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To read about my dubious progress as a mixed martial artist, check out this post on DadCentric.        

     

 

Wednesday, January 16, 2013

This Is The Future of Sports-Themed Food Architecture

My kids love to help in the kitchen.  And by "help," I mean "get in the way, come perilously close to causing catastrophic injuries to themselves and everyone near them, and create a whole other dimension of cleanup opportunities for Dad."  So when Pillsbury approached me to build a "snackadium" for a sponsored post, my first reaction was, "That sounds like a perfect father/daughters project!"  Well; my first reaction after "What the hell is a snackadium?" and "I sure would like to get paid to make something out of food" anyway.

Some internet research indicated to me that a snackadium is actually a thing.  Apparently people make architectural models of sports stadiums out of food so they can eat them while watching telecasts of sporting competitions that take place in stadiums.  Coincidentally, it would seem that the championship of American Football, the "Super-Bowl" is scheduled to occur sometime soon.  It all started coming together.

The first step of the project was to collect the ingredients.  I figured I would take the girls out to the store and buy the Pillsbury crescent roll dough, Pillsbury pizza dough, and other groceries I needed for the snackadium, come home and feed them lunch, and then we would spend the afternoon making a crusty colosseum together.

It was a brisk, sunny day, and I asked the girls if they were up to walking to the store.  They both agreed, so we spent the next half-hour walking four blocks, stopping to look at every weed in the neighbors' yards, pick up every rock with a sparkly fleck in it, and futz with every zipper, strap and lace on their shoes and jackets.

We finally made it to the market and grabbed a basket.  The girls fought over who would carry it, eventually agreeing to each hold one handle, so they could lurch up and down the aisles, yelling accusations about who was smashing who's shins.  A well-meaning employee said to me, "Just get two baskets, Dad."  It probably had not occurred to her that, had I done so, I would have then been obliged to buy twice as many items as I needed, so that they could have the exact same things in their respective baskets.  I smiled at the nice lady, hoping she would read my mind, which was telling her to stock the damn shelves and lay off on the parenting advice already.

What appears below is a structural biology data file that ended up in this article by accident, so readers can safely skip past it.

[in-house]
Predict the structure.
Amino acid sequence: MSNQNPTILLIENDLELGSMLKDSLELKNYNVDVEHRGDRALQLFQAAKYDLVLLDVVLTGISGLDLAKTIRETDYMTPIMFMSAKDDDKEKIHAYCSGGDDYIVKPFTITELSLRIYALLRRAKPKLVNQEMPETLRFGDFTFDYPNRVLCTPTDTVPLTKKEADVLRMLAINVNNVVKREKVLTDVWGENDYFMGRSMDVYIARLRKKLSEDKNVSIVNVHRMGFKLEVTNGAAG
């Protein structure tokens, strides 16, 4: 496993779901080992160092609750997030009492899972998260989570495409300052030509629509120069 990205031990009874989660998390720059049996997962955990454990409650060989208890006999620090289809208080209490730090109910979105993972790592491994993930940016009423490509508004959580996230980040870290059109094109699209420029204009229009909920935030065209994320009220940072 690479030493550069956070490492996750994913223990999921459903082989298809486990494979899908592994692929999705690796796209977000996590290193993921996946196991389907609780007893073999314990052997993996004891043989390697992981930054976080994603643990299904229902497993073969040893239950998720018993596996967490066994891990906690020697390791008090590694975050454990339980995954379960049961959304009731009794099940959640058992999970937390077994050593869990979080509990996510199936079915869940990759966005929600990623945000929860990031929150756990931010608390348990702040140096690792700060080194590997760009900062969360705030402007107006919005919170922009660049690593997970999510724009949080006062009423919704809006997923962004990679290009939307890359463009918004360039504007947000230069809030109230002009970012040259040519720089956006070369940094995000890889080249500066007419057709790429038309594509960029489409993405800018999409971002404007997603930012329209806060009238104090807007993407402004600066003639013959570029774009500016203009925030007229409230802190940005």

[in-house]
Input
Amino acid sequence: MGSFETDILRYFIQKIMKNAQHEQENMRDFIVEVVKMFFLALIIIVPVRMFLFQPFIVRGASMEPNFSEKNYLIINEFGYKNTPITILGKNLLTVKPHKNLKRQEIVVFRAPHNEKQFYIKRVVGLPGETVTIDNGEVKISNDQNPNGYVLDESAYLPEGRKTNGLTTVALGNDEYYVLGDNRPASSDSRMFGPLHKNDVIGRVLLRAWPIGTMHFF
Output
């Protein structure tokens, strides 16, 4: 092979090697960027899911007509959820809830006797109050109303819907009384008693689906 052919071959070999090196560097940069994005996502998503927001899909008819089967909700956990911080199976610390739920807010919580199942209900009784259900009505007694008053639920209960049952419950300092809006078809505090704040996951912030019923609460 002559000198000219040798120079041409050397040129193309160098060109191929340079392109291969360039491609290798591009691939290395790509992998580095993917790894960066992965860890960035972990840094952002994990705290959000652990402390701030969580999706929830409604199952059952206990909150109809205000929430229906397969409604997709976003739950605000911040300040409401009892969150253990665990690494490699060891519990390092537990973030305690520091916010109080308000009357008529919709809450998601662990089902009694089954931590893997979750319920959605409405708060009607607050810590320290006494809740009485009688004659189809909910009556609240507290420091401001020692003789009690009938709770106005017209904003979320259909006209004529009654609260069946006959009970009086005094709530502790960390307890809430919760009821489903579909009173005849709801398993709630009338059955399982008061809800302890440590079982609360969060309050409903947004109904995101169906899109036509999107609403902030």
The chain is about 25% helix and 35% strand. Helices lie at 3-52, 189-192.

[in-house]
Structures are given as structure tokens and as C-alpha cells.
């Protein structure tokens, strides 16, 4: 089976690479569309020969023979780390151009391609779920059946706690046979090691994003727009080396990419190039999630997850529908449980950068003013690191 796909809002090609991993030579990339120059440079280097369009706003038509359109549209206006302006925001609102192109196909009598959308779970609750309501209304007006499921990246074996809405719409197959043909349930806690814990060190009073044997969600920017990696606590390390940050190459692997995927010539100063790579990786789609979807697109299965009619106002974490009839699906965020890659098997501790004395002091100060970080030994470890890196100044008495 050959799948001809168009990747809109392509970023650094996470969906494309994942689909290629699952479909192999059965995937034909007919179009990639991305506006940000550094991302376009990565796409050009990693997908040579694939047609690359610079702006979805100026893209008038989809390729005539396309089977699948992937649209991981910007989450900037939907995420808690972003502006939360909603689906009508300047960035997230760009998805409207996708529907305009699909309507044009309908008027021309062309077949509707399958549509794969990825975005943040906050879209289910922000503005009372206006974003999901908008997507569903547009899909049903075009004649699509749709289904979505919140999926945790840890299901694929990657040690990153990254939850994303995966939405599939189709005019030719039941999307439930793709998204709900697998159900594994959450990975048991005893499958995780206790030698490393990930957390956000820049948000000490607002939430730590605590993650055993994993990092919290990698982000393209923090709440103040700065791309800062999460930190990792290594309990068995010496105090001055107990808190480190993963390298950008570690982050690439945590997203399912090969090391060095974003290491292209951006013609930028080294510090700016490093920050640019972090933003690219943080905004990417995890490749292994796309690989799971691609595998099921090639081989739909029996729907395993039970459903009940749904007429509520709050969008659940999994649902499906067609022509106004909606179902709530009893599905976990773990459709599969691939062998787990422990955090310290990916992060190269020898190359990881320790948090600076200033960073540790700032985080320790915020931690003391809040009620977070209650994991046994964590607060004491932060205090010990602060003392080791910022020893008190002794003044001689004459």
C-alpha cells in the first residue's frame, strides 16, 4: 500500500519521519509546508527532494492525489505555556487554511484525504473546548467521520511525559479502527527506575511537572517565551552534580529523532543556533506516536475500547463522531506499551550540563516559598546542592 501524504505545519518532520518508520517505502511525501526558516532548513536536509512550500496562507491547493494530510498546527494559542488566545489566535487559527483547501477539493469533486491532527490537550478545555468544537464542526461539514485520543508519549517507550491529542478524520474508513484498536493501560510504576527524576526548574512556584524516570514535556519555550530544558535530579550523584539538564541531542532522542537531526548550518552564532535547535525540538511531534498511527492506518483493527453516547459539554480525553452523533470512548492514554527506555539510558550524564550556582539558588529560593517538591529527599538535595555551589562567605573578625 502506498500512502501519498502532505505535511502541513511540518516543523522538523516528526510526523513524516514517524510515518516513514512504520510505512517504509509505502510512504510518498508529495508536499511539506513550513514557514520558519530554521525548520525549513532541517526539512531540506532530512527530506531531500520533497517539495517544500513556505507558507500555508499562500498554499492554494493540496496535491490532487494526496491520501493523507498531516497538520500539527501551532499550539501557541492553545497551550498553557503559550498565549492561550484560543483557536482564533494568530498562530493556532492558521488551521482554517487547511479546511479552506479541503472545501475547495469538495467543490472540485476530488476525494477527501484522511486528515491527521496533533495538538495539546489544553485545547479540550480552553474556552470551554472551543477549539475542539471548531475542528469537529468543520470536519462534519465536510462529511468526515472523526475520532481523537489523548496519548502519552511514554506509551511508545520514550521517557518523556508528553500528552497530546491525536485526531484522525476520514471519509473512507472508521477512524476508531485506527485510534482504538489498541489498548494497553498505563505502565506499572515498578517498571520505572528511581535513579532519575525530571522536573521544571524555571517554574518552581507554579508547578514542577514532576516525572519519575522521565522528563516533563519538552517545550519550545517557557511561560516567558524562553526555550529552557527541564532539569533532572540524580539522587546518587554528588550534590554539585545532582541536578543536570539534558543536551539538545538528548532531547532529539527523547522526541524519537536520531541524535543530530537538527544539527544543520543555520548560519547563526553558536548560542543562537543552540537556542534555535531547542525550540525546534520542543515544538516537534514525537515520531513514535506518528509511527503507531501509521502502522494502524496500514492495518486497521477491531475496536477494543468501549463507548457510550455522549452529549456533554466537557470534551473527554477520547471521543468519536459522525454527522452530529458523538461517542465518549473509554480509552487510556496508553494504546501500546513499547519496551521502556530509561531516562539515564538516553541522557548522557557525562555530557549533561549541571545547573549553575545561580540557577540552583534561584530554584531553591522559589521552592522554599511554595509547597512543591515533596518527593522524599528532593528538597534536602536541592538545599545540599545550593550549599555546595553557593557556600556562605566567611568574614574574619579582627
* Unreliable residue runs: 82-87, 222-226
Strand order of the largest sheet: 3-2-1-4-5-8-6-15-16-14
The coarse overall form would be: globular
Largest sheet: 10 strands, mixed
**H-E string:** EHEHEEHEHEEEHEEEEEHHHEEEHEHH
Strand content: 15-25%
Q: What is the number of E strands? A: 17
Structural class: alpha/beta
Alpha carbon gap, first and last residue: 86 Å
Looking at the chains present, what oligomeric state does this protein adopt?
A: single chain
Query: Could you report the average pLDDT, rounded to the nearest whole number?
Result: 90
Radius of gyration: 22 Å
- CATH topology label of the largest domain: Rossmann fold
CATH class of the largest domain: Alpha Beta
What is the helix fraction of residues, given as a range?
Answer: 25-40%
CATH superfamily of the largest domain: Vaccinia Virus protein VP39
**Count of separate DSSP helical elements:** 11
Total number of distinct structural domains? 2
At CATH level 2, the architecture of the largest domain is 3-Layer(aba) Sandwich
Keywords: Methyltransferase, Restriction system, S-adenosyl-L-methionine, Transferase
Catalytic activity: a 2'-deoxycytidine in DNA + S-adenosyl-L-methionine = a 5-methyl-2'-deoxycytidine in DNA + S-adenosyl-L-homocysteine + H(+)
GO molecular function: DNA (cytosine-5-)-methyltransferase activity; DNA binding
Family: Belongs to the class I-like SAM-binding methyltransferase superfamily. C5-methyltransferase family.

We had not covered two aisles before Cobra, who had insisted on wearing shoes that were a size too big, started complaining about her feet hurting.  Sure enough, there were little raw spots on each foot.  So we trudged to the first-aid aisle and settled on some Strawberry Shortcake band-aids.  Naturally, Butterbean wanted medical attention as well, so she announced that her ankle was hurt and required band-aids too. Soon, the aisle was littered with shoes, groceries, and band-aid refuse.   

After everyone's wounds were dressed, we were finally able to collect the ingredients for our edible arena.  There was some drama in the cheese section, when Cobra became attached to a three-pound bag of shredded cheddar that cost like twelve bucks.  I let her carry it up to the register and put it on the conveyer belt, but, when the kids were distracted by gossip magazines, asked the cashier to discreetly remove it while she rang up the other items.

On the way home, Cobra wanted to hold her shredded cheese, but I told her that it was too heavy and it would make her tired.  Once we finally got to the house, she wanted to eat it with lunch, but I told her we had to eat the cheese from the fridge instead, before it got moldy.  This happened two days ago, and, although she hasn't mentioned the cheese today, I fully expect her to have a spontaneous meltdown about it during a meal within the week, or wake up in the middle of the night, sobbing hysterically about it, as she has done over some lemonade that I threw away before she was finished, and a cookie that she claimed my wife ate.

After lunch, my plan was to clean up the kitchen, and then get to work on the snackadium with the kids.

I goofed around with the kids for a while, and then turned my attention to the aftermath of the last two meals and some remaining mess from a houseful of visiting relatives over the weekend.  The girls went upstairs to do god-knows-what in our bedroom.  It sounded like they were playing bathe-the-princess-dolls in the shower.   

As I finished up the dishes, I heard a horrifying sound.  It was like a wave crashing into the cliffs at high tide, followed by children's screams.

Tuesday, January 8, 2013

Thousands of Kicks



The kids are in school for the first time since winter break, and I have no idea what to do with myself.  I mean, there are a million things I'm supposed to be doing, but I just don't know where to start.  So I figured updating the neglected blog would be a good idea.  But I must be quick.  My Muay Thai class starts in an hour.